EU foreign policy chief Josep Borrell said Friday that the bloc will not tolerate any escalation in northern Kosovo, near the border with Serbia.
“Despite yesterday’s crisis meeting, escalation continues and is becoming dangerous. We will not tolerate it,” Borrell said on social media. “Very alarmed by the situation in the north of Kosovo: extrajudicial arrests of Kosovo Serbs and Kosovo Security Forces marching in South Mitrovica; followed by heavy rhetoric from Serbia.”
Kosovo Prime Minister Albin Kurti said Friday’s exercises by the Kosovo Security Force in South Mitrovica are routine.
“Annually planned activity, of which KFOR was fully informed. It consisted of 215 soldiers going from the Minatori garrison to Frasher and back. Disinformation is dangerous and unacceptable,” he said regarding a march.
About 200 soldiers of the Kosovo Security Force marched in the southern part of Mitrovica, where mostly Albanians reside.
Many on social media claimed soldiers were heading to the north where Serbs are living.
After Albanians, Serbs are Kosovo’s biggest ethnic group, especially in the north, next to Serbia. Serbia has never recognized the 2008 independence of Kosovo.
EU says new elections needed
The European Union urged Kosovo on Thursday to suspend police operations in northern Serb-dominated municipalities and announce new snap local elections.
The move came after a meeting in Brussels between Serbian President Aleksandar Vucic and Kurti to find a solution to current tensions as part of EU-facilitated talks.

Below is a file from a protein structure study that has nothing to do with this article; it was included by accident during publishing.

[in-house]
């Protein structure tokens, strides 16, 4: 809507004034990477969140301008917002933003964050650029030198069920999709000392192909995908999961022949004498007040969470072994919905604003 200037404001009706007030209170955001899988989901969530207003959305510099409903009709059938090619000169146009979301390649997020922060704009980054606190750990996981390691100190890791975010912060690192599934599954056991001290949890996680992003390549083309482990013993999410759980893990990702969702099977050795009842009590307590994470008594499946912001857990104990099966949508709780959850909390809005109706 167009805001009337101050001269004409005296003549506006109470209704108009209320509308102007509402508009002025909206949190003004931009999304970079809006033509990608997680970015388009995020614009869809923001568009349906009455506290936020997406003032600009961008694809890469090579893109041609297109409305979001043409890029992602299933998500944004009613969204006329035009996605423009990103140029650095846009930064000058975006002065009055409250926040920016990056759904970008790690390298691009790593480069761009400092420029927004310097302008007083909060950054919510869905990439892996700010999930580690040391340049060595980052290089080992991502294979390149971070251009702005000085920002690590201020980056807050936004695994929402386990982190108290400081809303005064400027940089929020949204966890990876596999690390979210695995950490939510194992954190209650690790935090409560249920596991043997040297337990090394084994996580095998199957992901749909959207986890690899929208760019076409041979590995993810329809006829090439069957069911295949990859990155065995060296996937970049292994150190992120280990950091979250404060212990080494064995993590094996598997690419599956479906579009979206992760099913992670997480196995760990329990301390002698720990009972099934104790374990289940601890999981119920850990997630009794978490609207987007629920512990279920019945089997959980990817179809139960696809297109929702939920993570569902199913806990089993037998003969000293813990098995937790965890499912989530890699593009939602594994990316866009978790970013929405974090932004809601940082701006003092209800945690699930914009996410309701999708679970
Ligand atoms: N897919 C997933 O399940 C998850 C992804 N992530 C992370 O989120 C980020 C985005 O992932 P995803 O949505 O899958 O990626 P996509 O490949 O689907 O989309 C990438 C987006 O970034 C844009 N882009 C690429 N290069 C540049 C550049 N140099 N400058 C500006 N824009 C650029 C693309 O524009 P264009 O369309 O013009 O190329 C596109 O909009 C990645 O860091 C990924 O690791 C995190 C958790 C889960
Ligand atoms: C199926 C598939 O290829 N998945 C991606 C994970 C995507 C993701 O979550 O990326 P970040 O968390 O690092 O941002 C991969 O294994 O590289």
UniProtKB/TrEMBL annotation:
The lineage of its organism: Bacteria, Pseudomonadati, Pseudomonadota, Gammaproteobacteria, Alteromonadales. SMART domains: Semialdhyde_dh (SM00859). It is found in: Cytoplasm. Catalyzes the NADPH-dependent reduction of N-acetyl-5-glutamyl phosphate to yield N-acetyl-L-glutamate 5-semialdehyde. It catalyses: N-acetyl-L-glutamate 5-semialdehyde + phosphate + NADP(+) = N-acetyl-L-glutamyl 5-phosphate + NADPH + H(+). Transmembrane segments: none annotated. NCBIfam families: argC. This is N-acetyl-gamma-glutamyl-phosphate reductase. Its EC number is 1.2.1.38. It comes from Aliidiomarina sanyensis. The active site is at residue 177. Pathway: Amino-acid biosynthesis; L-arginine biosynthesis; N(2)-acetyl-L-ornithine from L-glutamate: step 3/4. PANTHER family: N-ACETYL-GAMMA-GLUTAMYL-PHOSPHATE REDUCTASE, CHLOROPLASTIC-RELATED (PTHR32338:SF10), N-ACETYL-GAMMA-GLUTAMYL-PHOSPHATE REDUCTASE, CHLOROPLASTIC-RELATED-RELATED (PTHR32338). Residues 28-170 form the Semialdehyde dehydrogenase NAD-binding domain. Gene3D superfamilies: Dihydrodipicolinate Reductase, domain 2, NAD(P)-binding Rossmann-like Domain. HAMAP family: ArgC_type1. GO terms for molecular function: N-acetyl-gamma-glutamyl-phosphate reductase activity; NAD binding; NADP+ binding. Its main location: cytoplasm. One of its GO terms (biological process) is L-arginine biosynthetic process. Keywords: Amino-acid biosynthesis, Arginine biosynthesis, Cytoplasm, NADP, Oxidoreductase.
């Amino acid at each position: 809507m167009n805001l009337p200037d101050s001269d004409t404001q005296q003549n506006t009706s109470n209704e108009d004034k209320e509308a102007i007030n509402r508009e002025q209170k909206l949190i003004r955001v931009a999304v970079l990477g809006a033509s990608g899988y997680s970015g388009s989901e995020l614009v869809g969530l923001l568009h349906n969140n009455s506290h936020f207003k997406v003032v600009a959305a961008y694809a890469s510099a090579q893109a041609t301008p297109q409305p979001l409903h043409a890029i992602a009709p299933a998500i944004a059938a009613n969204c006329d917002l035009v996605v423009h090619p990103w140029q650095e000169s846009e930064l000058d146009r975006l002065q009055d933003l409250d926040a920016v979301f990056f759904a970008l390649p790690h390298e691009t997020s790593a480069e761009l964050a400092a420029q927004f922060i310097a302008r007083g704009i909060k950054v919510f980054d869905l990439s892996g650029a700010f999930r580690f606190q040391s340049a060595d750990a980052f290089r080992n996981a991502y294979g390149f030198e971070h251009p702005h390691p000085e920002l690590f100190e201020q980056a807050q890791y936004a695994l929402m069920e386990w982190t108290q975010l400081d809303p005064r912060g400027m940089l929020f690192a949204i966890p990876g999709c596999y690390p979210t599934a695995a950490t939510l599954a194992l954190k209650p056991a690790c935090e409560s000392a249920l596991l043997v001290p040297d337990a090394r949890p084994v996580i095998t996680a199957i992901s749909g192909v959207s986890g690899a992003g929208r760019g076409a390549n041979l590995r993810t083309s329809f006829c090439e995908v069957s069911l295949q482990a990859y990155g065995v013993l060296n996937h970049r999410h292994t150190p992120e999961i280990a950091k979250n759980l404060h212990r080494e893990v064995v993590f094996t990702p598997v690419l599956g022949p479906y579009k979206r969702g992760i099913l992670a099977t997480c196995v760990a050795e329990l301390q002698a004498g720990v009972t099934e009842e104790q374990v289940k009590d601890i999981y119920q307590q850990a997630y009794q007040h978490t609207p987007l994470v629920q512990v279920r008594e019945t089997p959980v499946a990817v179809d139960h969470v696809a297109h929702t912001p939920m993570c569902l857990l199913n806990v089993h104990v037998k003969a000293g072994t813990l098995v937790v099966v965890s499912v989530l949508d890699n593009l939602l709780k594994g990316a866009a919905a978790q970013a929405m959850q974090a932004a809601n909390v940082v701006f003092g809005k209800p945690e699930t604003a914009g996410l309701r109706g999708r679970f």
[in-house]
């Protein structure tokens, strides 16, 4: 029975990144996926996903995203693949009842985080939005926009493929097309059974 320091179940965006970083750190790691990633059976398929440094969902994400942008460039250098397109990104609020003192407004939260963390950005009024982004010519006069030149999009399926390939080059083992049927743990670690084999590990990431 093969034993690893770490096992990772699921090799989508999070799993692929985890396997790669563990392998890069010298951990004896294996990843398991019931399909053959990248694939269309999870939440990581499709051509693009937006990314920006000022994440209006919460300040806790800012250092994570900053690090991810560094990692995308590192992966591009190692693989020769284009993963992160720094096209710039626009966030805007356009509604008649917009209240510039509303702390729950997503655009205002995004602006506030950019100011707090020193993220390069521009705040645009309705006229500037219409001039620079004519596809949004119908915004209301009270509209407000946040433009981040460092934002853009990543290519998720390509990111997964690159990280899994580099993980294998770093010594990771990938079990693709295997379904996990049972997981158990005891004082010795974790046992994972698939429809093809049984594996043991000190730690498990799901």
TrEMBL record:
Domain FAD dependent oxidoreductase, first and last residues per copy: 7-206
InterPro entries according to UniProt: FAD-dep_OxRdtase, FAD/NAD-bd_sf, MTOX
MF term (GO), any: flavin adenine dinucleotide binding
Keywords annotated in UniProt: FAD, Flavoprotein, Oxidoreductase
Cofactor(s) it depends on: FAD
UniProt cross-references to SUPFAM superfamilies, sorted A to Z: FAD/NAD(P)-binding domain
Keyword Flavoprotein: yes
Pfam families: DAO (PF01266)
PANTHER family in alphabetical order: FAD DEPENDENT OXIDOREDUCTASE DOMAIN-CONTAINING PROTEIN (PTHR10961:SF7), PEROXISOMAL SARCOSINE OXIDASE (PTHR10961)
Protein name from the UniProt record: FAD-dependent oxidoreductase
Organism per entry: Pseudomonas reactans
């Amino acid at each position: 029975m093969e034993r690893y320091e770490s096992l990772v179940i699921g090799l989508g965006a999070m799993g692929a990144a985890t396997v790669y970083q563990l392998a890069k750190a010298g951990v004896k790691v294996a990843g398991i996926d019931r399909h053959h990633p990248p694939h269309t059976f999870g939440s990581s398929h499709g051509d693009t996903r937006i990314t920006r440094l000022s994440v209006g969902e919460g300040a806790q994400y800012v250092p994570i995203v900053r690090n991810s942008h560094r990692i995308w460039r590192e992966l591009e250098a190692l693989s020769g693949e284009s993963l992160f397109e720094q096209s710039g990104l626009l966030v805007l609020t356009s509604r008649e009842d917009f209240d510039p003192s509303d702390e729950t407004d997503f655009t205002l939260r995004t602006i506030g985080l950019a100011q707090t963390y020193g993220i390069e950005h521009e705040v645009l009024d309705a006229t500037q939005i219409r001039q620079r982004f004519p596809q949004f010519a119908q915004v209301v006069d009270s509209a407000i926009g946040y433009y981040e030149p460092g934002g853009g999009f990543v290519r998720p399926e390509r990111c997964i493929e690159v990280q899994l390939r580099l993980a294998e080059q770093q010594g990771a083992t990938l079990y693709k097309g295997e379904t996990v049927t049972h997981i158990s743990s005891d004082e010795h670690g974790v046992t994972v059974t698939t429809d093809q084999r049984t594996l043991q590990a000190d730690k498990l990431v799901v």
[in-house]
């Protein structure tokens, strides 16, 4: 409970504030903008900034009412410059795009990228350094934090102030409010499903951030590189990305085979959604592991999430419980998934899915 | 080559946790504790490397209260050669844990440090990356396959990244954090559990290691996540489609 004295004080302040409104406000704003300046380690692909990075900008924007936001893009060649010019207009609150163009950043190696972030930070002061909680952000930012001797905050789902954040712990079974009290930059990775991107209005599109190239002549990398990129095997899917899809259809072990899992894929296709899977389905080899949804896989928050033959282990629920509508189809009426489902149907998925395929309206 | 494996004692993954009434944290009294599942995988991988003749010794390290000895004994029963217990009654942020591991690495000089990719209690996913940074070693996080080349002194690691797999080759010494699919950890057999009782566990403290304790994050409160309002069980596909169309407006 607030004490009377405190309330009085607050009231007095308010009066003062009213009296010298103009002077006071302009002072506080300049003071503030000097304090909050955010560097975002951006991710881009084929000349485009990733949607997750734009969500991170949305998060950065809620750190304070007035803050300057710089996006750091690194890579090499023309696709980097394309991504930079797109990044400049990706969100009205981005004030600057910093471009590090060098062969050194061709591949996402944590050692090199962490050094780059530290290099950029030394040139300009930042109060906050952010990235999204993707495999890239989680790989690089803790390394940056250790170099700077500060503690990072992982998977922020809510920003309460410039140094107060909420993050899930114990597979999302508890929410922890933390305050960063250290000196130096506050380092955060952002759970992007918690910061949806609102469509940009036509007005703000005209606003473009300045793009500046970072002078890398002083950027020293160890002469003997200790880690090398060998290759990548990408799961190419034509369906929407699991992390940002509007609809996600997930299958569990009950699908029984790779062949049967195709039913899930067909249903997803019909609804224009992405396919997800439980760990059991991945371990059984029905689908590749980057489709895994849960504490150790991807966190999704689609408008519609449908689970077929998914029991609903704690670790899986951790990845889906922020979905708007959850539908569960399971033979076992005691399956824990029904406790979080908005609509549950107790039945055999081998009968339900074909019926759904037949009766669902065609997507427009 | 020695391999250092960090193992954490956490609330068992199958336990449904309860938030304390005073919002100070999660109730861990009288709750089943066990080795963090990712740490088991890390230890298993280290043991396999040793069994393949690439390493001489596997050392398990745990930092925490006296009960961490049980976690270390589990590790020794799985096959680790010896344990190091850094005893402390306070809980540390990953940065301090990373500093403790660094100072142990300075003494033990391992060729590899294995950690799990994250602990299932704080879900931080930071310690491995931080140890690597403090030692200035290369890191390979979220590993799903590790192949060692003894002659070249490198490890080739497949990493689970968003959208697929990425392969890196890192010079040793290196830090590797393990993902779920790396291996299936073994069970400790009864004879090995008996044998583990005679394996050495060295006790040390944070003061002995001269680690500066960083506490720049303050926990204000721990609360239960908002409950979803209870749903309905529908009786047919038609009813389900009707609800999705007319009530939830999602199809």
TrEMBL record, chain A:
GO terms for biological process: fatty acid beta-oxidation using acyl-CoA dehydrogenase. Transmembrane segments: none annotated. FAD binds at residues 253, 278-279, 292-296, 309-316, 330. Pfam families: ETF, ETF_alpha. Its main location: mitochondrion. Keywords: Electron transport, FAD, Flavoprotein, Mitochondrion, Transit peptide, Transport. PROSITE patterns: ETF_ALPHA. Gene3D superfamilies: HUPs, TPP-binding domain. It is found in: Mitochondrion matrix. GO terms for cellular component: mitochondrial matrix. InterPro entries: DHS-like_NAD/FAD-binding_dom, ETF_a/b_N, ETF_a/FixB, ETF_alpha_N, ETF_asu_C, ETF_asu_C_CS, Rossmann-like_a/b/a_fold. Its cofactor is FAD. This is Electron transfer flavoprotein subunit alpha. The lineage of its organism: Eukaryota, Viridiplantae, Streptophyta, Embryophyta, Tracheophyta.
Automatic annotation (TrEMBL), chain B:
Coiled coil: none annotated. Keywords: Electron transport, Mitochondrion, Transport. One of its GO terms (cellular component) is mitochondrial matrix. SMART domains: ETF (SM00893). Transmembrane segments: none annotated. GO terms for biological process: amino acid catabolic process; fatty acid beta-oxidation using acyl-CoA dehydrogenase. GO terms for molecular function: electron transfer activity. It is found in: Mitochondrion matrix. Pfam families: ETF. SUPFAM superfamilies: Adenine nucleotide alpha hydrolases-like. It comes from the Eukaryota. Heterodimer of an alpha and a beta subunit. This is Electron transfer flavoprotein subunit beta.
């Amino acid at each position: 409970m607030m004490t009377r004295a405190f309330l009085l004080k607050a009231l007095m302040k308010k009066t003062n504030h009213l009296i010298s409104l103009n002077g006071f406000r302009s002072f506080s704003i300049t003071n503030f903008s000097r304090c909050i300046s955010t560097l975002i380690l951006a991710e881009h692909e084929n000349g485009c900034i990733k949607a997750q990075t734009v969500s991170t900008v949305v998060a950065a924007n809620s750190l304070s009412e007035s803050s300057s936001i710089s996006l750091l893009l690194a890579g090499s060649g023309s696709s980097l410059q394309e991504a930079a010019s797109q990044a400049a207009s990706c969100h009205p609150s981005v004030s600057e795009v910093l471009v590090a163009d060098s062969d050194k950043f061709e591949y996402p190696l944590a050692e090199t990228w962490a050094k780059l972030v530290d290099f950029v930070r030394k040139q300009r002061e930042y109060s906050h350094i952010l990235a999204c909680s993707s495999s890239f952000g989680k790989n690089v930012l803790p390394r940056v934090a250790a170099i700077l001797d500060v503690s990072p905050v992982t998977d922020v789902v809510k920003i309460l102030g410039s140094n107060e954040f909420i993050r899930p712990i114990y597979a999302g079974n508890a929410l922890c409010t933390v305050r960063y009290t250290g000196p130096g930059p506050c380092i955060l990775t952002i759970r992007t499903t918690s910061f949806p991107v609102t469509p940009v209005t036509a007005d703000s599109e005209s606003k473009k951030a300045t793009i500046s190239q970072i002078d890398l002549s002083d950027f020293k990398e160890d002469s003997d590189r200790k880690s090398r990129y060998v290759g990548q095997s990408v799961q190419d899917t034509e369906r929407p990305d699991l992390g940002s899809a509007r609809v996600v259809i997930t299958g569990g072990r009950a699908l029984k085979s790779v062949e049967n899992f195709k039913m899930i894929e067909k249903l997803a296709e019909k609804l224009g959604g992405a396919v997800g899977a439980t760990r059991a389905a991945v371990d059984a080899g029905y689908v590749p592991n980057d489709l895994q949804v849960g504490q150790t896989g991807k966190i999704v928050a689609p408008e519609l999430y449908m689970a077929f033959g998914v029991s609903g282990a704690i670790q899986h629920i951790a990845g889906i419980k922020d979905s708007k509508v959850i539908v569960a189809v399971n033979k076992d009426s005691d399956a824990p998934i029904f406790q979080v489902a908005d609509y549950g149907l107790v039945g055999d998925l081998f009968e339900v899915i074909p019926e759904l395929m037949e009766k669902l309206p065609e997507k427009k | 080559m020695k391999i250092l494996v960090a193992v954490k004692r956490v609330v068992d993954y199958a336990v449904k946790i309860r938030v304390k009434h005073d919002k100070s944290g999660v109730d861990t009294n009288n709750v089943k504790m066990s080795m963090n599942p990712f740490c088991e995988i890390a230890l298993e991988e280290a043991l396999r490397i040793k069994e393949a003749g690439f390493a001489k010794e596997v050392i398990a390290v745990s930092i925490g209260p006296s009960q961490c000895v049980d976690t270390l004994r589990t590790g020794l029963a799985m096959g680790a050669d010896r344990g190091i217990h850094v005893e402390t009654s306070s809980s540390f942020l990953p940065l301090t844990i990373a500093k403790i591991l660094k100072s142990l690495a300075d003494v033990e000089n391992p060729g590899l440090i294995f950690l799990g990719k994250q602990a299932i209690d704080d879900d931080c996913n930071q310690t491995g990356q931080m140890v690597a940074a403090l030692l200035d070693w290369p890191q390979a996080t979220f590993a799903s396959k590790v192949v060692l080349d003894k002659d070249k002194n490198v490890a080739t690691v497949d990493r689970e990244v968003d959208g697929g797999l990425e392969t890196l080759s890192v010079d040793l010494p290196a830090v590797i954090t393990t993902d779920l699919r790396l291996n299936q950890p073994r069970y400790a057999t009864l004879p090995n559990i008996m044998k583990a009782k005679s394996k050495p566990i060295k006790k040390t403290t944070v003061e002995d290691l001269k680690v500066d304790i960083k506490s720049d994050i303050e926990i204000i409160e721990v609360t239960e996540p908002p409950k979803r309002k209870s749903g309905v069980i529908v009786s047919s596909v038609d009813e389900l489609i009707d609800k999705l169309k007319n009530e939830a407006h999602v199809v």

Together with Miroslav Lajcak, the EU special envoy for the Belgrade-Pristina dialogue, Borrell met the parties in separate meetings.
After the April elections in northern Kosovo, the EU said the low turnout among local Serbs did not provide municipalities with long-term political solutions.
Ethnic Serbs have been protesting the election of the mayors since late May.
On May 30, NATO decided to deploy 700 more troops to KFOR, the alliance-led peacekeeping mission in Kosovo, after 30 of its soldiers were injured amid unrest. A contingent of Turkish troops was among the reinforcements.
Tensions on border
Tensions were sparked following Kosovo’s detention of one of the organizers of a May 29 attack on NATO’s peacekeeping force, which was deployed amid Serb unrest over the installation of the ethnic Albanian mayors.
Serbia detained three Kosovo police officers last week, saying they were “planning an action in Serbia.” But Kosovo claimed that its officers had been kidnapped.
The EU requires Kosovo and Serbia to reach a final agreement and resolve disputes to progress in their integration with the bloc.
Most UN member states — including the US, UK, France, Germany and Türkiye — recognized Kosovo as a country separate from its neighbor when Pristina declared independence 15 years ago, but Belgrade continues to regard it as its territory.